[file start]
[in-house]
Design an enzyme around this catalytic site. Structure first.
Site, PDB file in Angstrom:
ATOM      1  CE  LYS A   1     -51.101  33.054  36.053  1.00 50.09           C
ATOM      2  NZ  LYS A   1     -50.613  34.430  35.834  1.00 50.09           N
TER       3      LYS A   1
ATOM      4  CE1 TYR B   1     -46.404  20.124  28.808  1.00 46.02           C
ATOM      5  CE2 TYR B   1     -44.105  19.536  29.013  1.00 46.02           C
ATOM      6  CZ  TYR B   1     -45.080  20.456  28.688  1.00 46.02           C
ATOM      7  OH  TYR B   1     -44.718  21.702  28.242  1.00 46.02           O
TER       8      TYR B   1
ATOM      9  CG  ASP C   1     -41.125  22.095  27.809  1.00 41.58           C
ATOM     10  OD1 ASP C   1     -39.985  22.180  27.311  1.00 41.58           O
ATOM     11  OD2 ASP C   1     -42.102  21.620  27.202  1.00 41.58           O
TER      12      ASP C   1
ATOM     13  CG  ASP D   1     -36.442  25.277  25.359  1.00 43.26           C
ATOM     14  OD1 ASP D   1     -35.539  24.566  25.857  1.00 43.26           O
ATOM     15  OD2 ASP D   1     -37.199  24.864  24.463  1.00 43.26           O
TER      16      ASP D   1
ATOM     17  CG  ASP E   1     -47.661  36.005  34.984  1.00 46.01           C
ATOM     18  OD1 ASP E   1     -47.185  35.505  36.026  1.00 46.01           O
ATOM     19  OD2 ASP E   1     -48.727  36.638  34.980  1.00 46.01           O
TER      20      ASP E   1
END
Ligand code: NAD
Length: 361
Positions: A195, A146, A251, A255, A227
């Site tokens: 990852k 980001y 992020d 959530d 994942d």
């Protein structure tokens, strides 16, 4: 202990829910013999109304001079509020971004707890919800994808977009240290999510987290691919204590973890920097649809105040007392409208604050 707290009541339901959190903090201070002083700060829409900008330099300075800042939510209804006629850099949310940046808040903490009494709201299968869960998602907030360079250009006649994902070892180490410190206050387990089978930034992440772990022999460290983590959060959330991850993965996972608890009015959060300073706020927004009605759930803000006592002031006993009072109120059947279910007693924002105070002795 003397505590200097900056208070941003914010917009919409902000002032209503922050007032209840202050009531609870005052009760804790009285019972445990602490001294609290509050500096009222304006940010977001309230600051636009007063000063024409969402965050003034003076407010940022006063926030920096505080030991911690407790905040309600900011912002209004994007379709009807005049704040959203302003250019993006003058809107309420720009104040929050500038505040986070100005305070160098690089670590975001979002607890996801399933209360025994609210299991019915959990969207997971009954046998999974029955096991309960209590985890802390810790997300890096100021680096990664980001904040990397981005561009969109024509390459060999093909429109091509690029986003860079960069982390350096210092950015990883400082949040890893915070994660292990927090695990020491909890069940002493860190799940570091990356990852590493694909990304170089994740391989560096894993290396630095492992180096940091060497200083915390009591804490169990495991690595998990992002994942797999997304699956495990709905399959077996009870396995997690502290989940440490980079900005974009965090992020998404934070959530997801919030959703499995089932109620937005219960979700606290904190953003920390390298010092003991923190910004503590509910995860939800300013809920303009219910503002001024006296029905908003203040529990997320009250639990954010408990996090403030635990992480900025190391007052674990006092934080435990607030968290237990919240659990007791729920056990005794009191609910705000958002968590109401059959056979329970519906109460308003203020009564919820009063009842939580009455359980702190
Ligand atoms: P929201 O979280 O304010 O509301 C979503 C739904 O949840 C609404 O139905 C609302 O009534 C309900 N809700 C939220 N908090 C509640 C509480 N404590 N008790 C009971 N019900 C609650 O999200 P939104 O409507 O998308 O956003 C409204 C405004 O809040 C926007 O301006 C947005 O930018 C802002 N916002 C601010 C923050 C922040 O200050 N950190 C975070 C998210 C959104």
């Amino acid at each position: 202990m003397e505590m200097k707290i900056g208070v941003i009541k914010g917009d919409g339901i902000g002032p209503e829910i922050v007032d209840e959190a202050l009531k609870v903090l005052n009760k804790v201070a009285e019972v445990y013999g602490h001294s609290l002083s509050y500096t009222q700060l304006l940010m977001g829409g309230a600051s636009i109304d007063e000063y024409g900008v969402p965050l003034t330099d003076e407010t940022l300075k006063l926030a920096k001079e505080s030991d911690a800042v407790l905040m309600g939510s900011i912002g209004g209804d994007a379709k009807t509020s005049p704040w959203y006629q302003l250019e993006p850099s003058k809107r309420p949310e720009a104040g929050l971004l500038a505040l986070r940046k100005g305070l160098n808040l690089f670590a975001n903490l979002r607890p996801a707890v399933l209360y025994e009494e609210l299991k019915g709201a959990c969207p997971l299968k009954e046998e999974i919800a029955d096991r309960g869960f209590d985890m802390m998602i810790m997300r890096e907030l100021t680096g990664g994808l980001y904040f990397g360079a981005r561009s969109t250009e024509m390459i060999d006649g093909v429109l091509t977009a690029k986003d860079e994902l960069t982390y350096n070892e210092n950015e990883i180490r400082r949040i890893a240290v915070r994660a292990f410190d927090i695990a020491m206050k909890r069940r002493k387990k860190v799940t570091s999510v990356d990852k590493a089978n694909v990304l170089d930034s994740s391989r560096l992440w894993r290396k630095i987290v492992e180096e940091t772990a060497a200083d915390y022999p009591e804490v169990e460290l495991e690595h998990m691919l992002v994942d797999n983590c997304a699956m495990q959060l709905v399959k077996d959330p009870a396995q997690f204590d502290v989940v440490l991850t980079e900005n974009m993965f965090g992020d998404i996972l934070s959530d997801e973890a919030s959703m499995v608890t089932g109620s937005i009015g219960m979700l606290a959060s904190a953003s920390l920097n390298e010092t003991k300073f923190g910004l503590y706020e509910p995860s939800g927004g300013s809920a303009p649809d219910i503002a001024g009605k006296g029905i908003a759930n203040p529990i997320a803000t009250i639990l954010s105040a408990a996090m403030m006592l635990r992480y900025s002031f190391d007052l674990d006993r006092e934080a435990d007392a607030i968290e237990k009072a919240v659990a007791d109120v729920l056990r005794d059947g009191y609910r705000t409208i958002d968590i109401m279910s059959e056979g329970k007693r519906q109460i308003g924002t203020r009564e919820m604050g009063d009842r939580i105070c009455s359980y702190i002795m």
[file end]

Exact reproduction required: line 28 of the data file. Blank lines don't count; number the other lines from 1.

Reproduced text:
């Site tokens: 990852k 980001y 992020d 959530d 994942d």